A consumer’s guide to the best and worst of sports media and merchandise. Ground rules: If it can be read, played, heard, observed, worn, viewed, dialed or downloaded, it’s in play here.

What: ’96 NFL Digital Replays

by Motion Vision

Price: $8 and up

Brett Favre does the bossa nova. Wiggles his hips, takes two steps and throws his hands up.


The all-pro quarterback probably doesn’t realize that he is doing the dance of love. But all the world can see it on a new kind of trading card called ’96 NFL Digital Replays.

Roughly the size and shape of conventional cards, Digital Replays are made of clear plastic embedded with rows of tiny prisms. When you rotate the Favre disk (they are called disks not cards), the bright color photograph springs to life for three seconds. Favre drops back, turns and fires a sideline pass.

This three-second replay is taken directly from NFL footage of a Green Bay Packer-Seattle Seahawk game last October. Other disks show Jerry Rice burning the New Orleans Saints for a long touchdown and Emmitt Smith spinning away from a tackle against the Indianapolis Colts.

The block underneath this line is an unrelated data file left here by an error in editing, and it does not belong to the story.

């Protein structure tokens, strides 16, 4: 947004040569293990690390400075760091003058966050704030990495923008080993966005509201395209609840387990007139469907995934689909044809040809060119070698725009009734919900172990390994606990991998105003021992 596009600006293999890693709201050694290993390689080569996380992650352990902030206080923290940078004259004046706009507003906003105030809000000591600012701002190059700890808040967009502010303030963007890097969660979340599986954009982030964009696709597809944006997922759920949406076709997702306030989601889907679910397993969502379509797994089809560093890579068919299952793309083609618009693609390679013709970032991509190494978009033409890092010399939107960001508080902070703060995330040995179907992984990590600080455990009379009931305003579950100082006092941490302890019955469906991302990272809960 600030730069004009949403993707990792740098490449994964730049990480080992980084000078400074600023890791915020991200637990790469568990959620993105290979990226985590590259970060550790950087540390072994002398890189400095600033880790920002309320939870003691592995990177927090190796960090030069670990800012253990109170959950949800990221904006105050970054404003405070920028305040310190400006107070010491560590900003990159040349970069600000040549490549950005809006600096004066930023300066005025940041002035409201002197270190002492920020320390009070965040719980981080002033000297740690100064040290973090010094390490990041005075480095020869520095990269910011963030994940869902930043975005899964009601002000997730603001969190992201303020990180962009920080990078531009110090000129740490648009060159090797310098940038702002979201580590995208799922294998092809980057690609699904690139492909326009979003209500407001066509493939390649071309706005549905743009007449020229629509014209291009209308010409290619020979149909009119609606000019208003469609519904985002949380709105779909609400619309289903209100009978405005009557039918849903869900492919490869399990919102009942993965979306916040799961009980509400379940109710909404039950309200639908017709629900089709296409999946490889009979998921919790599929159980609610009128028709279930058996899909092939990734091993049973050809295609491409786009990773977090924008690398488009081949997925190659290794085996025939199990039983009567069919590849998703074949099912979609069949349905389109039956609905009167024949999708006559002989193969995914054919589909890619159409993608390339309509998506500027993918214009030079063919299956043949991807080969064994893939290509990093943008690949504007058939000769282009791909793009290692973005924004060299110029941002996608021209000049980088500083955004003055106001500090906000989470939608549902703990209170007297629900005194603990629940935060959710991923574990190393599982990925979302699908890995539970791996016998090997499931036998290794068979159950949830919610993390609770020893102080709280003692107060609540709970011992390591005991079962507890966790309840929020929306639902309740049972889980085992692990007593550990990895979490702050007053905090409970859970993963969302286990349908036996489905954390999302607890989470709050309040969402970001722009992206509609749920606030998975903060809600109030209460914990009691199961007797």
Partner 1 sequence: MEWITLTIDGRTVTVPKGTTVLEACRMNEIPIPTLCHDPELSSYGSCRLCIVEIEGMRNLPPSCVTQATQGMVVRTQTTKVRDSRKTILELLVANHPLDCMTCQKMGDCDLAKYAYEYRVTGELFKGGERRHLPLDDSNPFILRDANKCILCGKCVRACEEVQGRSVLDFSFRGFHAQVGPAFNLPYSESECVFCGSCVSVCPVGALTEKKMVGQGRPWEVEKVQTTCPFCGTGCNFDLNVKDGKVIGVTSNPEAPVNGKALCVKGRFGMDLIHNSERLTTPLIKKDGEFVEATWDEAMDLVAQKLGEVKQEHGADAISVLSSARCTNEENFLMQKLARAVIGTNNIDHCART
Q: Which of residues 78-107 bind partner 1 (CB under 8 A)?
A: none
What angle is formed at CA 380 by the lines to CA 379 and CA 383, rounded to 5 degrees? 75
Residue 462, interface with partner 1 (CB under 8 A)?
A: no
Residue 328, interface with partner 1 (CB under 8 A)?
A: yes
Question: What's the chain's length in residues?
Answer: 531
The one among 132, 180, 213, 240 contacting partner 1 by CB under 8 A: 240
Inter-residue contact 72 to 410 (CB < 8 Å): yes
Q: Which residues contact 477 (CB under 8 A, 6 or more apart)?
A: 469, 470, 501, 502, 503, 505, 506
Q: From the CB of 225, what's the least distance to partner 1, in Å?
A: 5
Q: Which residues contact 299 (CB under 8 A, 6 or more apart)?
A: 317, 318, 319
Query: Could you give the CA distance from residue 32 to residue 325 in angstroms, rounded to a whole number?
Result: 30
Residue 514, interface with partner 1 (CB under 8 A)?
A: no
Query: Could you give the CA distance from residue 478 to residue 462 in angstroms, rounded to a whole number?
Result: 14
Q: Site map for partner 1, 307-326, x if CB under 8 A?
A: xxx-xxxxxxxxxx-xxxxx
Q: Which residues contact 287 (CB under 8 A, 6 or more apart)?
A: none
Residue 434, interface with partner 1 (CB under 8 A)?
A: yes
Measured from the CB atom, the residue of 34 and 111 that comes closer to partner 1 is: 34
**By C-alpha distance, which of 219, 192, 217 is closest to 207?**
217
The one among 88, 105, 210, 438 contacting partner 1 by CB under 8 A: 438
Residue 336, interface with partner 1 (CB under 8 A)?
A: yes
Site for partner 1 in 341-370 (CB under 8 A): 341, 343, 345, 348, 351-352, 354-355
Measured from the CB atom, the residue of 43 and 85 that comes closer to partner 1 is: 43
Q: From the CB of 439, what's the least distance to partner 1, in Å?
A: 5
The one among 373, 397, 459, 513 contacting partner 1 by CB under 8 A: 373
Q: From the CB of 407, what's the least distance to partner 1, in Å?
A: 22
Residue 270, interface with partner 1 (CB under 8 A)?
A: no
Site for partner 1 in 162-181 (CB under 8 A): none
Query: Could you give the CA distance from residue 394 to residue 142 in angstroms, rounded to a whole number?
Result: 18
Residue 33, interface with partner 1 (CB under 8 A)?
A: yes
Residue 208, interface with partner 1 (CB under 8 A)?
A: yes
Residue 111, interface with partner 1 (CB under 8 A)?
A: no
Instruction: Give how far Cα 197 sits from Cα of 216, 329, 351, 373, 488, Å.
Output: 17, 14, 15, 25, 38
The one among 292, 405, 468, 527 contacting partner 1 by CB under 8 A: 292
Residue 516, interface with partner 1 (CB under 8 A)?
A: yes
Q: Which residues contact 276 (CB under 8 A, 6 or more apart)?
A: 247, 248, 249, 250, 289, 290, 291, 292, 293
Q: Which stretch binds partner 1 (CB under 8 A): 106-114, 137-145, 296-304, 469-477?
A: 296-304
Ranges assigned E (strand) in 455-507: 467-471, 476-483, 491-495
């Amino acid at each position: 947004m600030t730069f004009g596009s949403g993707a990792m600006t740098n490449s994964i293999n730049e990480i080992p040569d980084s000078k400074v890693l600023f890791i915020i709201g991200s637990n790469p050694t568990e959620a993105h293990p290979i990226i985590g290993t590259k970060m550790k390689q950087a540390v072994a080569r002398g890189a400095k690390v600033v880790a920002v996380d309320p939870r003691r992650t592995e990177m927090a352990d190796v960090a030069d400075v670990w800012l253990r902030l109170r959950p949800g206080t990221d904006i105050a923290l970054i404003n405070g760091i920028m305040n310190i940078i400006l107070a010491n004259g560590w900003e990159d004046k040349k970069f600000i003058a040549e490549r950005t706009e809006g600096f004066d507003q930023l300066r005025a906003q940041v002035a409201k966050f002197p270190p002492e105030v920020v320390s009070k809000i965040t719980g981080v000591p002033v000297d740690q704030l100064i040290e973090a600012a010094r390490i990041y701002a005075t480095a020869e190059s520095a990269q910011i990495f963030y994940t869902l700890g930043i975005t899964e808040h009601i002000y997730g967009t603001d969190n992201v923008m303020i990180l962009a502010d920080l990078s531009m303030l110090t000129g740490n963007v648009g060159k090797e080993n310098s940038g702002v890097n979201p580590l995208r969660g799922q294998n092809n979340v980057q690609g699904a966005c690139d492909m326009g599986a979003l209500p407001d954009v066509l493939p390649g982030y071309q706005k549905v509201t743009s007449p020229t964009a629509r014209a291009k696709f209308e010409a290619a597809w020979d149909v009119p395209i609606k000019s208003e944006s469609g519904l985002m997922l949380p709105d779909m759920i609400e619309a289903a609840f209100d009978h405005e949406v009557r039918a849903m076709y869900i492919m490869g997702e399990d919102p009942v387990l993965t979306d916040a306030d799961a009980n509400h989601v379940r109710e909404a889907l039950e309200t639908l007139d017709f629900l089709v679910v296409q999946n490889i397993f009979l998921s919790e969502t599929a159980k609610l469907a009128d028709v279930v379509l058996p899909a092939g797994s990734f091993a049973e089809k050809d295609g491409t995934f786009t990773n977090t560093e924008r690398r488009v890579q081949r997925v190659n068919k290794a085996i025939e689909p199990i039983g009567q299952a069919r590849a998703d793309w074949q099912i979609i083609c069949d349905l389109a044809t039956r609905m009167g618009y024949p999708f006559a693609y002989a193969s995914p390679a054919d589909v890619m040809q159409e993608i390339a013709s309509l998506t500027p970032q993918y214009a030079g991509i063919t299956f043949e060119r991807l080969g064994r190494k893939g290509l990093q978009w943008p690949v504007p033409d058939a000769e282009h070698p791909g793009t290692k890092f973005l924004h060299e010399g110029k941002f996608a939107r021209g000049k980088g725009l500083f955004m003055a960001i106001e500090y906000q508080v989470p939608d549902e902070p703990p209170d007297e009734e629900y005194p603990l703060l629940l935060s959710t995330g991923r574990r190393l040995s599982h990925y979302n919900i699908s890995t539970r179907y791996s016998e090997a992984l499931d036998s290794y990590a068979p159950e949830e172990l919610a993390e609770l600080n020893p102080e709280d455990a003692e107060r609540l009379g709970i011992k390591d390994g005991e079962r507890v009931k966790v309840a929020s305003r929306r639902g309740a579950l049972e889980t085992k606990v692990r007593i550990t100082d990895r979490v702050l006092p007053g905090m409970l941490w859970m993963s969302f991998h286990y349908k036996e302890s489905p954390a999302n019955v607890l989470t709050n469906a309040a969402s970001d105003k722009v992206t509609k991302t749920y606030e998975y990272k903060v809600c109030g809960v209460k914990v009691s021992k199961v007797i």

The action is a tad herky-jerky, a little blurry at times, but mesmerizing nevertheless. Like holding a miniature television in the palm of your hand, it is the kind of thing you may find yourself toying with again and again.


And if you jiggle the disks just so, you can make the players dance back and forth. Rice does a nifty two-step.

“We wanted these to be fun,” said David Mandell, who developed the disks using new technology from Kodak. “We wanted to bridge the gap between trading cards and video games.”

The technology--film emulsion and lenticular lenses, scientific stuff--does not come cheap. Card shops sell the 20 or so disks for about $8 each. That doesn’t include bubble gum or, in most cases, statistics on the back.

Like conventional cards, however, Digital Replays are packaged so buyers don’t know which player they are getting, say, Kordell Stewart or Mark Brunell. Some merchants break the packs open for previewing, which drives the price up. Popular players such as Favre and Dan Marino go for $10 to $20.

At those prices, they had better deliver.